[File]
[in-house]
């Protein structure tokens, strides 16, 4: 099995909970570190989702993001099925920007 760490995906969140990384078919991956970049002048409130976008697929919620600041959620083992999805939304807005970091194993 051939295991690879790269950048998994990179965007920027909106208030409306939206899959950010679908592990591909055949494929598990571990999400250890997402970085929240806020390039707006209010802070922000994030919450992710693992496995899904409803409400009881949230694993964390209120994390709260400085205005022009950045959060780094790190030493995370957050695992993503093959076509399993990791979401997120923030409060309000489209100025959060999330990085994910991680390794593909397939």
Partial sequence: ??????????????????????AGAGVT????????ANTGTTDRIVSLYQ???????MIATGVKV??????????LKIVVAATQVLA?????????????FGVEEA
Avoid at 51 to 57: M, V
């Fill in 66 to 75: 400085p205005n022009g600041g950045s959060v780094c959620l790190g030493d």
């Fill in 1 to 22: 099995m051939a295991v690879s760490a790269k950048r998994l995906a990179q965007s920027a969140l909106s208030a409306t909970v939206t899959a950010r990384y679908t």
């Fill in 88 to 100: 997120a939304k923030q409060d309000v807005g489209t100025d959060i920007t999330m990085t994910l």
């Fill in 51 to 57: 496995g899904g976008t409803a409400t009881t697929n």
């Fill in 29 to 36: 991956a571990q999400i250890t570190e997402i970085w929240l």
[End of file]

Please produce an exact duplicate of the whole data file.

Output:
[in-house]
């Protein structure tokens, strides 16, 4: 099995909970570190989702993001099925920007 760490995906969140990384078919991956970049002048409130976008697929919620600041959620083992999805939304807005970091194993 051939295991690879790269950048998994990179965007920027909106208030409306939206899959950010679908592990591909055949494929598990571990999400250890997402970085929240806020390039707006209010802070922000994030919450992710693992496995899904409803409400009881949230694993964390209120994390709260400085205005022009950045959060780094790190030493995370957050695992993503093959076509399993990791979401997120923030409060309000489209100025959060999330990085994910991680390794593909397939």
Partial sequence: ??????????????????????AGAGVT????????ANTGTTDRIVSLYQ???????MIATGVKV??????????LKIVVAATQVLA?????????????FGVEEA
Avoid at 51 to 57: M, V
């Fill in 66 to 75: 400085p205005n022009g600041g950045s959060v780094c959620l790190g030493d």
């Fill in 1 to 22: 099995m051939a295991v690879s760490a790269k950048r998994l995906a990179q965007s920027a969140l909106s208030a409306t909970v939206t899959a950010r990384y679908t």
């Fill in 88 to 100: 997120a939304k923030q409060d309000v807005g489209t100025d959060i920007t999330m990085t994910l």
């Fill in 51 to 57: 496995g899904g976008t409803a409400t009881t697929n």
């Fill in 29 to 36: 991956a571990q999400i250890t570190e997402i970085w929240l």